So how good (or bad) are crypto assets for healthy financial development?

Crypto ’revolution’: What do we talk about?

Since the introduction of bitcoin at the beginning of 2009, the number of cryptocurrencies has soared to some 15,000, although in many cases they are mere replicas with very low trading volumes in search of unwary investors (the top 20 crypto assets account for 90 percent of market capitalization). Alongside this proliferation—and inefficient inherent fragmentation opposed to the needs of a sound payment system—unregulated activities such as loans and leverage, and new varieties (stablecoins) have emerged to address some of the most ostensible weaknesses of the first crypto assets.

While they currently represent less than 1 percent of the global financial market, and their interconnections with it are still—luckily—quite limited, the recent trend of explosive growth, if undeterred, could pose potential risks to financial stability, just as the tiny subprime market did in 2008. And this is true not just in emerging economies where the lack of monetary credibility and limited financial access can foster currency substitution and credit disintermediation or “cryptoization”—the digital version of “dollarization.” In advanced economies, competition from the large technological platforms in the provision of digital means of payment could limit national monetary autonomy, lead to concentrated market structures as a result of network economies, and add to financial fragility as the append-only, irreversible nature of blockchain transactions makes the unwinding of system errors—essential to any payment system—almost impossible.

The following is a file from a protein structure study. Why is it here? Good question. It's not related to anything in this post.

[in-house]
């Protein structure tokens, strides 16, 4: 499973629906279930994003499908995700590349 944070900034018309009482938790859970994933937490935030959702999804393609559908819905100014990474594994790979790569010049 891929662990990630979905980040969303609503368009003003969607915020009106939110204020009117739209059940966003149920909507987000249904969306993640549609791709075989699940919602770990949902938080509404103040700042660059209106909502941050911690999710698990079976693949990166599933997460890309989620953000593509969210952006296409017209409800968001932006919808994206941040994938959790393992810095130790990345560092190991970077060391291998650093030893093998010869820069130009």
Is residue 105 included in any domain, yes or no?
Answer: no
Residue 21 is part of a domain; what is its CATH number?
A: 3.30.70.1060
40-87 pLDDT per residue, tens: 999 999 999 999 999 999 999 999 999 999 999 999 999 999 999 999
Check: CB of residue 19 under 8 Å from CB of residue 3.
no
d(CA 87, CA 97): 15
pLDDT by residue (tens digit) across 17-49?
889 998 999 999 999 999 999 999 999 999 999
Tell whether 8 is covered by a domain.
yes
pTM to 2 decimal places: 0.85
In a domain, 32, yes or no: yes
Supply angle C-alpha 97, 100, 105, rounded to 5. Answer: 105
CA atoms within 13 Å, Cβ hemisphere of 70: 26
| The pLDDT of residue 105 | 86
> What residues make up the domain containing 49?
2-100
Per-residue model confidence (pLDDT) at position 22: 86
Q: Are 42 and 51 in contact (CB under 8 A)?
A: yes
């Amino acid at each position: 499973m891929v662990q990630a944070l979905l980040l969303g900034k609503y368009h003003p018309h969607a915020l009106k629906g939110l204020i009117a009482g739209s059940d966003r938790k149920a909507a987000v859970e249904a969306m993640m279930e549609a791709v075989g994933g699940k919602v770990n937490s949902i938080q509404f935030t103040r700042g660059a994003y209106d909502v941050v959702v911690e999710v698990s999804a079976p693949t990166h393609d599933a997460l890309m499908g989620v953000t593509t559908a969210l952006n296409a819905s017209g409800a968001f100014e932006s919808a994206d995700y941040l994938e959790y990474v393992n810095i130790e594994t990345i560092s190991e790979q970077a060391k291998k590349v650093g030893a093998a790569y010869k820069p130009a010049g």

More than a decade after its launch, bitcoin has so far failed in its original objective of establishing itself as a suitable substitute that fully fulfills the functions of money. Paradoxically, bitcoin´s original call to replace central banks—which ensure price stability by elastically matching money demand—with a decentralized scheme based on a rigid supply of a unique cryptocurrency that replicates the “barbarous relic” logic of the gold standard and its deflationary bias may end up in hyperinflation due to the uncontrolled spread of competing cryptocurrencies.